Róisín highlights the need to address these issues through better management of transboundary water flows in the region, and emphasized the importance of women's participation in peacebuilding and environmental peacebuilding to achieve this goal. Women are often the primary caretakers of water resources in many communities, and their participation in water management can lead to more sustainable and equitable outcomes. Moreover, women's involvement in peacebuilding processes can help to address the underlying drivers of conflict, including issues related to resource management. “I am curious to see what linkages are being made between women's participation in dialogue around water security in the region and how that's being linked to security issues and normalization of relations between States. Coupled with this, there's been a lot of dialogue over just over the last couple of years around environmental peacebuilding.”

Róisín’s work in Women, Peace and Security can be traced back all the way to her Master’s thesis and further in her PhD. Her previous work focused mainly on the need for gender-sensitive policies and practices in peace operations to prevent sexual exploitation and abuse and address conduct and discipline issues in UN peace operations. Róisín stresses the importance of young women accessing spaces for decision-making processes related to peace and security issues to achieve longer-term sustainable peace and security.
  I think that young women in particular, and this is set out also in the youth peace and security resolution, have such an important role in building their capacity to make their voices heard to achieve longer term sustainable peace and security, whether it's in the South Caucuses or elsewhere in the world."  
  Róisín also talks about the challenges she faced as a younger researcher, particularly as a female in the male-dominated fields of peace operations, conflict, and military law. She highlights the difficulties of being taken seriously – as she experienced some comments made about her age, and assumptions made about her based on her gender. She also touches on the challenges of being a mother in academia, including a lack of access to childcare in the Netherlands, particularly given long waiting lists. She notes that women tend to take on more caregiving roles, making it difficult to progress in academia.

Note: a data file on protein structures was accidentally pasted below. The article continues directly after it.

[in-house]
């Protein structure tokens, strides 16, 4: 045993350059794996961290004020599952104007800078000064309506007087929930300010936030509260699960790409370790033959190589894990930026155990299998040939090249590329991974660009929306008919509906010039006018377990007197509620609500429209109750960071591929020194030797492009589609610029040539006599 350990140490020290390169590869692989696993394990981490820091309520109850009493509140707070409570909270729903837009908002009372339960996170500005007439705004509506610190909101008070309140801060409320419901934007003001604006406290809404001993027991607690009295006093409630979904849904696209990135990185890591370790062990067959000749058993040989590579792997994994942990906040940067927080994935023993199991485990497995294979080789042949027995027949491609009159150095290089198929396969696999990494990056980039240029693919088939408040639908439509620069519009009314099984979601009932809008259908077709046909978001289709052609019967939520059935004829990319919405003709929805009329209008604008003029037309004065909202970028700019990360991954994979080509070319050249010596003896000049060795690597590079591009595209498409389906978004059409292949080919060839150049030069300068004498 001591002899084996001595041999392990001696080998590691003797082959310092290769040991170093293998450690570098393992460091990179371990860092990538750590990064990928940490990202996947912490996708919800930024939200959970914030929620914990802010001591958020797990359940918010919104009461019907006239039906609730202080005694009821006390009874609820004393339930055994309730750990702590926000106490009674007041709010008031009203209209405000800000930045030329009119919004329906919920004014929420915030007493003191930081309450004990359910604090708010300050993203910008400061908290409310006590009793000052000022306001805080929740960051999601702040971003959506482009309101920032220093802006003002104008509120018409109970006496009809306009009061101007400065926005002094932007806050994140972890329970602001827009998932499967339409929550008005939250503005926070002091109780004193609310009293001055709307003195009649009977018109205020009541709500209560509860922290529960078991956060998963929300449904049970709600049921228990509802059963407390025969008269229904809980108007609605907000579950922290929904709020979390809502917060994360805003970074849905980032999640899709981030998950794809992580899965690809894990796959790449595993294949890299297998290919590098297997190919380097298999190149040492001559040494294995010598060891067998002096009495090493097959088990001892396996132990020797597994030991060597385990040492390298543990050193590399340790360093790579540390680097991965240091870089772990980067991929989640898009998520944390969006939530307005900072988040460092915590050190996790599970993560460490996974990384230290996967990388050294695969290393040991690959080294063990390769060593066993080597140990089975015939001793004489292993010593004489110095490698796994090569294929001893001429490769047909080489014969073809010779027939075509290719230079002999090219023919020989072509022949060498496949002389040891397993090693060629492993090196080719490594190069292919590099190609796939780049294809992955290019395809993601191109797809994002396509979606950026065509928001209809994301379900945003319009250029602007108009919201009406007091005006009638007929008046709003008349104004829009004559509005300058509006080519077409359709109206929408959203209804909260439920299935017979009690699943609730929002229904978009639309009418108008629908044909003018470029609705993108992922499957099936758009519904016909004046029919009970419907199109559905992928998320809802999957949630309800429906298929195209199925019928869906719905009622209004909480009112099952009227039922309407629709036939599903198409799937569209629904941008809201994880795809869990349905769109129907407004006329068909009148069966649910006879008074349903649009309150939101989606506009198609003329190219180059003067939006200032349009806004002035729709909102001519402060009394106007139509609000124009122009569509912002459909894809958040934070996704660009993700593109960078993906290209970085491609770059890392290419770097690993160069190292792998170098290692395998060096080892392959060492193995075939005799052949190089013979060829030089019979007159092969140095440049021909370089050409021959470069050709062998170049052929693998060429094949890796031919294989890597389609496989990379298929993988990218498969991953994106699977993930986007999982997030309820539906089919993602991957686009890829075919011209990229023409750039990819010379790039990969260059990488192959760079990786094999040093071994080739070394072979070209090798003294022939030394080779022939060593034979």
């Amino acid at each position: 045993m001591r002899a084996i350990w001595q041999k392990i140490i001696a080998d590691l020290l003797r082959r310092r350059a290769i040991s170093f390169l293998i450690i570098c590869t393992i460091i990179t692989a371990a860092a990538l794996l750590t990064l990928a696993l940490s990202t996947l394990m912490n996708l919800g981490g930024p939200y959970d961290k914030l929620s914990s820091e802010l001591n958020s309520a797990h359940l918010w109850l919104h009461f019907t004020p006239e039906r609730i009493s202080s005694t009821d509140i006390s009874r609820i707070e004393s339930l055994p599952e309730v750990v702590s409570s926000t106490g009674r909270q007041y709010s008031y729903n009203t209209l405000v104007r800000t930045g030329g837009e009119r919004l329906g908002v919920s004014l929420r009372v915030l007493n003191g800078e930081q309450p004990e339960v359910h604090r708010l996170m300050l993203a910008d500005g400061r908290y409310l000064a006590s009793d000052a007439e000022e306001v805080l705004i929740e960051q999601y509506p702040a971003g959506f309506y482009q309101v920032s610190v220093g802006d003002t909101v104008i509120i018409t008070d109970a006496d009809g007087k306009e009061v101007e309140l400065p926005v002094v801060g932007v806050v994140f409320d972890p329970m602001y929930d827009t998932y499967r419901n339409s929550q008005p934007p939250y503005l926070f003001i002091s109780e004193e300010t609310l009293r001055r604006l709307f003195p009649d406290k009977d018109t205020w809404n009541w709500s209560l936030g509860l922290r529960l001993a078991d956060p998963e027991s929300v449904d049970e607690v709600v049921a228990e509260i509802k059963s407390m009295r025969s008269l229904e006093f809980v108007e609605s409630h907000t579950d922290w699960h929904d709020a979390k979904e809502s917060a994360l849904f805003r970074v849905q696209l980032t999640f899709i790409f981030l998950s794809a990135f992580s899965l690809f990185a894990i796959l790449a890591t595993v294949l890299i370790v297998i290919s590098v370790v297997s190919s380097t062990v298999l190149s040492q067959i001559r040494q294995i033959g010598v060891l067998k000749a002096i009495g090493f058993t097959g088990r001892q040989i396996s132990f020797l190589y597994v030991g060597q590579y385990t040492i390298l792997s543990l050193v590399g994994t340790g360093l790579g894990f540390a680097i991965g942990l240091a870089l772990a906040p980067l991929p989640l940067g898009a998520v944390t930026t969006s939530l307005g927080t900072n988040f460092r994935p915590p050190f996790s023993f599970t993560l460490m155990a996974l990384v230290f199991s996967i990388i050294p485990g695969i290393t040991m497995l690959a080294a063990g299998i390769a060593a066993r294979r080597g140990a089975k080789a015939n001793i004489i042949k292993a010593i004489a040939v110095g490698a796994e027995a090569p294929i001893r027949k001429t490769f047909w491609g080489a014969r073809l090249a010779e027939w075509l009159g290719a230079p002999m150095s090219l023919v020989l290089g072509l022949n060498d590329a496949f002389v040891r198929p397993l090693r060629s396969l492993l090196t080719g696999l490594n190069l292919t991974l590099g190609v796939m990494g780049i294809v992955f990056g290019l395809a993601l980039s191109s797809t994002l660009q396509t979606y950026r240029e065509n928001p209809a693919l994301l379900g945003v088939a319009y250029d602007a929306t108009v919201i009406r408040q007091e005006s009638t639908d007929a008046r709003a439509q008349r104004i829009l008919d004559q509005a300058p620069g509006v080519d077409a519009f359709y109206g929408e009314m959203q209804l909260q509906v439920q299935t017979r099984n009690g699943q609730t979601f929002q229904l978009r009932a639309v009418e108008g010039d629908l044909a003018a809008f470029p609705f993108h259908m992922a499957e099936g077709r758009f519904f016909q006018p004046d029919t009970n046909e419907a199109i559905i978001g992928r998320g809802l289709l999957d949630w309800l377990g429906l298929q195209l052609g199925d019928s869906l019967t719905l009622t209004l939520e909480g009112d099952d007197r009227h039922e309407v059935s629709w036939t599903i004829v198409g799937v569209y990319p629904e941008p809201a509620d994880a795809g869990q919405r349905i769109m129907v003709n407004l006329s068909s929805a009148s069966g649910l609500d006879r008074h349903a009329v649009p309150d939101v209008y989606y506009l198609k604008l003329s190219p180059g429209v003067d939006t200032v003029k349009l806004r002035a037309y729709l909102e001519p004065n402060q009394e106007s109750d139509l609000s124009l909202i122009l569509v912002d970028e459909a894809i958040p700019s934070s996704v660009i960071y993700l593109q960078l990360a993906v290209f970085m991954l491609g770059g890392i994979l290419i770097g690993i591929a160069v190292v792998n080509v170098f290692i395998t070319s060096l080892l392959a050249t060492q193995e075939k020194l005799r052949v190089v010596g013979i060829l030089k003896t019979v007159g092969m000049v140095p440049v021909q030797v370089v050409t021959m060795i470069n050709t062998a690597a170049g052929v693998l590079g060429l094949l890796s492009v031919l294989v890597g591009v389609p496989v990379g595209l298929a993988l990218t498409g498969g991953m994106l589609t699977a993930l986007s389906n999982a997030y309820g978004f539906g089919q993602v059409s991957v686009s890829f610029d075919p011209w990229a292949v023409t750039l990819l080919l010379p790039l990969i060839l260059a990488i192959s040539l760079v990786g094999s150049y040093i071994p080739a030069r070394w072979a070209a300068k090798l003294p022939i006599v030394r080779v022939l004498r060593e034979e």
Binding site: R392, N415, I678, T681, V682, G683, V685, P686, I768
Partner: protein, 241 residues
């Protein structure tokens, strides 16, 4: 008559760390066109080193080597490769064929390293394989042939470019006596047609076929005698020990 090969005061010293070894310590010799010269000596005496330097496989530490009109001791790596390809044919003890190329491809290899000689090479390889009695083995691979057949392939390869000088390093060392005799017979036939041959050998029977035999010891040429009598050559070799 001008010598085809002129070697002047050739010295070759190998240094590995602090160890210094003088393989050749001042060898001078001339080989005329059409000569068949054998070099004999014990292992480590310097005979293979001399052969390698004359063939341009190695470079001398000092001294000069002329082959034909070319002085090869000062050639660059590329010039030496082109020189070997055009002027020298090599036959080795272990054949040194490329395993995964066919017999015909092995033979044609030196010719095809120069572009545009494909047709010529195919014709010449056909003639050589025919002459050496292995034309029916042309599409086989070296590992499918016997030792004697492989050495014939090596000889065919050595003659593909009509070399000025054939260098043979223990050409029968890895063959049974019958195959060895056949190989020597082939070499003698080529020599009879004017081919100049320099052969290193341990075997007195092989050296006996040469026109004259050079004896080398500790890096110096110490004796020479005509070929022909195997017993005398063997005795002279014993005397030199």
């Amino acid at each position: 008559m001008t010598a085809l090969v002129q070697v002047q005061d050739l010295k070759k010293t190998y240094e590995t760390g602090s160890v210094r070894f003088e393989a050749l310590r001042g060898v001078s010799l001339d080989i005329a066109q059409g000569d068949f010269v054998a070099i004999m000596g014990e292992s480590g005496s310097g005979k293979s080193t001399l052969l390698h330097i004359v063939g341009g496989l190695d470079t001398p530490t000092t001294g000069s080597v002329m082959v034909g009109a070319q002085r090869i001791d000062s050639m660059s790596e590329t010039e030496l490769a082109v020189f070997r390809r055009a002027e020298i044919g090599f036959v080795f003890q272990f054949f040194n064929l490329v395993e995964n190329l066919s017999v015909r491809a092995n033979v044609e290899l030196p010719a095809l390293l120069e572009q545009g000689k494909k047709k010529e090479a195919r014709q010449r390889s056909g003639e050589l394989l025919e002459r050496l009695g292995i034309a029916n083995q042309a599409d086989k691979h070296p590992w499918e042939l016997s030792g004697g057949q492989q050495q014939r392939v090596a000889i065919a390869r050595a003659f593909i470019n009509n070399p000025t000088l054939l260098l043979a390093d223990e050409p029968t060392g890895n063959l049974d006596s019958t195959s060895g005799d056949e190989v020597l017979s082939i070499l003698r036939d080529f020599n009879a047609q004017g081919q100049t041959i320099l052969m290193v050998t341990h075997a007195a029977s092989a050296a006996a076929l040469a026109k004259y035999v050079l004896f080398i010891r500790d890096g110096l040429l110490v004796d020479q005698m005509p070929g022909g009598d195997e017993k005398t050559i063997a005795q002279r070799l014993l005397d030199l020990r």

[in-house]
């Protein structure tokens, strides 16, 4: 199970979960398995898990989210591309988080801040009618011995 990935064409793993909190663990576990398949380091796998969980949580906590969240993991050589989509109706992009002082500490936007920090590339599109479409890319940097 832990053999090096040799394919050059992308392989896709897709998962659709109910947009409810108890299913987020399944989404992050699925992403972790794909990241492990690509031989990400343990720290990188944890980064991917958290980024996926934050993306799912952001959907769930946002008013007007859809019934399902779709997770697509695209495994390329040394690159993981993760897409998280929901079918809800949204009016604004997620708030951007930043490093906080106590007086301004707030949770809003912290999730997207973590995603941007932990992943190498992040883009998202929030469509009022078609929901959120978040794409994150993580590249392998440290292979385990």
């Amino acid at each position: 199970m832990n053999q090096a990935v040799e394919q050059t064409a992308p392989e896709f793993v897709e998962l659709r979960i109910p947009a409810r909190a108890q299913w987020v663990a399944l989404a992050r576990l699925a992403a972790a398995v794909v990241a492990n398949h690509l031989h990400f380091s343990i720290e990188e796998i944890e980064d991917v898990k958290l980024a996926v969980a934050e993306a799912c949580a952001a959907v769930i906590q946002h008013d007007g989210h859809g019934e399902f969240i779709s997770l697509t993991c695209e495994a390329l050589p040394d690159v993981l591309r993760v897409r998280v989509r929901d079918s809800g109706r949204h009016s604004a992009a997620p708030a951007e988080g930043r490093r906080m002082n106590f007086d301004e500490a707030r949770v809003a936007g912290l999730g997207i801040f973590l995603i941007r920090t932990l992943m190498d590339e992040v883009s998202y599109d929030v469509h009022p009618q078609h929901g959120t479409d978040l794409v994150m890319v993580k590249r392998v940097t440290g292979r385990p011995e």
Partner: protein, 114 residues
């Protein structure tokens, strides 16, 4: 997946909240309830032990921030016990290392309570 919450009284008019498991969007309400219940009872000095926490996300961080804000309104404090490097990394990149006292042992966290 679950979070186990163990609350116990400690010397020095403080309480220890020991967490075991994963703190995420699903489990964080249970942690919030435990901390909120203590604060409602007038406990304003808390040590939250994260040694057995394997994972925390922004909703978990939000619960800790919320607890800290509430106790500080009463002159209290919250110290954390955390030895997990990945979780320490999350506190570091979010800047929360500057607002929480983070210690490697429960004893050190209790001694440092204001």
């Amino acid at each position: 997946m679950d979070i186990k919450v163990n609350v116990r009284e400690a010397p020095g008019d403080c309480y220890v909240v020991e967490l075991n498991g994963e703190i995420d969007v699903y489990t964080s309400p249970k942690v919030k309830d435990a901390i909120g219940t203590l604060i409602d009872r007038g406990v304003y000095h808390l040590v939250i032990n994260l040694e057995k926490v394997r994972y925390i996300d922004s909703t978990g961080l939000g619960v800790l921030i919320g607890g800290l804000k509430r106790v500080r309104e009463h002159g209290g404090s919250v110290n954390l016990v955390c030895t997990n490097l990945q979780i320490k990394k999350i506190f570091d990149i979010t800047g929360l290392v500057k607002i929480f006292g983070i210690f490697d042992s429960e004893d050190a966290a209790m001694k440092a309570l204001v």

In conclusion, the participation of women in water security and peacebuilding efforts is critical to addressing the underlying drivers of conflict and achieving sustainable and equitable outcomes. Róisín's research highlights the need for gender-sensitive policies and practices in peace operations and the importance of involving women in environmental peacebuilding efforts to manage transboundary water flows in conflict-affected regions such as the South Caucasus. Additionally, her personal experiences as a researcher underscore the need for greater representation of women in decision-making processes related to peace and security issues.
Women and Diversity: Between Encouragement and Resistance
by Lorena Sosa